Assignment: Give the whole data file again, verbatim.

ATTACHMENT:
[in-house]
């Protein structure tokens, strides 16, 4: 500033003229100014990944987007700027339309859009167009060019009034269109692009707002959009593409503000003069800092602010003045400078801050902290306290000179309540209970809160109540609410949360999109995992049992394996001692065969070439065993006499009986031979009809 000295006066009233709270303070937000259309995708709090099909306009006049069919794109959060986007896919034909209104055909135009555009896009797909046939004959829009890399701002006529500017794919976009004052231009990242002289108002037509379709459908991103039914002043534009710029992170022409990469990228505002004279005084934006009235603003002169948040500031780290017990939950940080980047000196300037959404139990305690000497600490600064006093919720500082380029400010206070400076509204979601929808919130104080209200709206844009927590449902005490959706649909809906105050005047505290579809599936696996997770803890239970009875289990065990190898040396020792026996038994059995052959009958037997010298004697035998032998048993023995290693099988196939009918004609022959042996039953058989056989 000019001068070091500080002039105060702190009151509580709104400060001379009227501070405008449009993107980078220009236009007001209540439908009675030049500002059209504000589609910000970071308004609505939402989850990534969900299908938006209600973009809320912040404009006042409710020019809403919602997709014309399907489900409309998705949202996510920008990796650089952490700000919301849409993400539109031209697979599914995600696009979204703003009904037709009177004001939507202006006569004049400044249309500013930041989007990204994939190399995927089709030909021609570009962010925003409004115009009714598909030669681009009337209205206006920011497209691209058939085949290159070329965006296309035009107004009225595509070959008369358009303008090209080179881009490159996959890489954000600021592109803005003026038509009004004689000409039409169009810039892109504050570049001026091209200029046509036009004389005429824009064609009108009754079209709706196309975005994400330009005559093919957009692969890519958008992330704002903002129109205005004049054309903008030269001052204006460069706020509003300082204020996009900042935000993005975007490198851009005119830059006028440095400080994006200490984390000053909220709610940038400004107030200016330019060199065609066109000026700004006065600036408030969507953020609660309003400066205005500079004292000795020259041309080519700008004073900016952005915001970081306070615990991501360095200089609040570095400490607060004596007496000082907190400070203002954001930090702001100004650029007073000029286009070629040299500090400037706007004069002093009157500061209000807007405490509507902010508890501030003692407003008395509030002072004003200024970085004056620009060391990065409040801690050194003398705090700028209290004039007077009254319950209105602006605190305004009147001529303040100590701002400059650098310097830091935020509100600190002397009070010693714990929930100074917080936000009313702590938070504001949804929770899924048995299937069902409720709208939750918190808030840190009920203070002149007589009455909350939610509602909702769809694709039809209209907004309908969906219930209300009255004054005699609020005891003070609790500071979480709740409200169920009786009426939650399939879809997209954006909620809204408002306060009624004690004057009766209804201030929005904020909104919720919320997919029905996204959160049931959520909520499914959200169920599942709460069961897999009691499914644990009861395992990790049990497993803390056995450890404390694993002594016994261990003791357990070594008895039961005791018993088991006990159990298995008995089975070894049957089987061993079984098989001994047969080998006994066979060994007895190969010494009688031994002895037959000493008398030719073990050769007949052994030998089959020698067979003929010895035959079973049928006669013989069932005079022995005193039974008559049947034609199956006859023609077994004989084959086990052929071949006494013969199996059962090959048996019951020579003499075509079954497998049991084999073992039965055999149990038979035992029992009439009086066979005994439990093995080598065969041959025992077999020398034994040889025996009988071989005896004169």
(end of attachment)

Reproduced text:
[in-house]
């Protein structure tokens, strides 16, 4: 500033003229100014990944987007700027339309859009167009060019009034269109692009707002959009593409503000003069800092602010003045400078801050902290306290000179309540209970809160109540609410949360999109995992049992394996001692065969070439065993006499009986031979009809 000295006066009233709270303070937000259309995708709090099909306009006049069919794109959060986007896919034909209104055909135009555009896009797909046939004959829009890399701002006529500017794919976009004052231009990242002289108002037509379709459908991103039914002043534009710029992170022409990469990228505002004279005084934006009235603003002169948040500031780290017990939950940080980047000196300037959404139990305690000497600490600064006093919720500082380029400010206070400076509204979601929808919130104080209200709206844009927590449902005490959706649909809906105050005047505290579809599936696996997770803890239970009875289990065990190898040396020792026996038994059995052959009958037997010298004697035998032998048993023995290693099988196939009918004609022959042996039953058989056989 000019001068070091500080002039105060702190009151509580709104400060001379009227501070405008449009993107980078220009236009007001209540439908009675030049500002059209504000589609910000970071308004609505939402989850990534969900299908938006209600973009809320912040404009006042409710020019809403919602997709014309399907489900409309998705949202996510920008990796650089952490700000919301849409993400539109031209697979599914995600696009979204703003009904037709009177004001939507202006006569004049400044249309500013930041989007990204994939190399995927089709030909021609570009962010925003409004115009009714598909030669681009009337209205206006920011497209691209058939085949290159070329965006296309035009107004009225595509070959008369358009303008090209080179881009490159996959890489954000600021592109803005003026038509009004004689000409039409169009810039892109504050570049001026091209200029046509036009004389005429824009064609009108009754079209709706196309975005994400330009005559093919957009692969890519958008992330704002903002129109205005004049054309903008030269001052204006460069706020509003300082204020996009900042935000993005975007490198851009005119830059006028440095400080994006200490984390000053909220709610940038400004107030200016330019060199065609066109000026700004006065600036408030969507953020609660309003400066205005500079004292000795020259041309080519700008004073900016952005915001970081306070615990991501360095200089609040570095400490607060004596007496000082907190400070203002954001930090702001100004650029007073000029286009070629040299500090400037706007004069002093009157500061209000807007405490509507902010508890501030003692407003008395509030002072004003200024970085004056620009060391990065409040801690050194003398705090700028209290004039007077009254319950209105602006605190305004009147001529303040100590701002400059650098310097830091935020509100600190002397009070010693714990929930100074917080936000009313702590938070504001949804929770899924048995299937069902409720709208939750918190808030840190009920203070002149007589009455909350939610509602909702769809694709039809209209907004309908969906219930209300009255004054005699609020005891003070609790500071979480709740409200169920009786009426939650399939879809997209954006909620809204408002306060009624004690004057009766209804201030929005904020909104919720919320997919029905996204959160049931959520909520499914959200169920599942709460069961897999009691499914644990009861395992990790049990497993803390056995450890404390694993002594016994261990003791357990070594008895039961005791018993088991006990159990298995008995089975070894049957089987061993079984098989001994047969080998006994066979060994007895190969010494009688031994002895037959000493008398030719073990050769007949052994030998089959020698067979003929010895035959079973049928006669013989069932005079022995005193039974008559049947034609199956006859023609077994004989084959086990052929071949006494013969199996059962090959048996019951020579003499075509079954497998049991084999073992039965055999149990038979035992029992009439009086066979005994439990093995080598065969041959025992077999020398034994040889025996009988071989005896004169």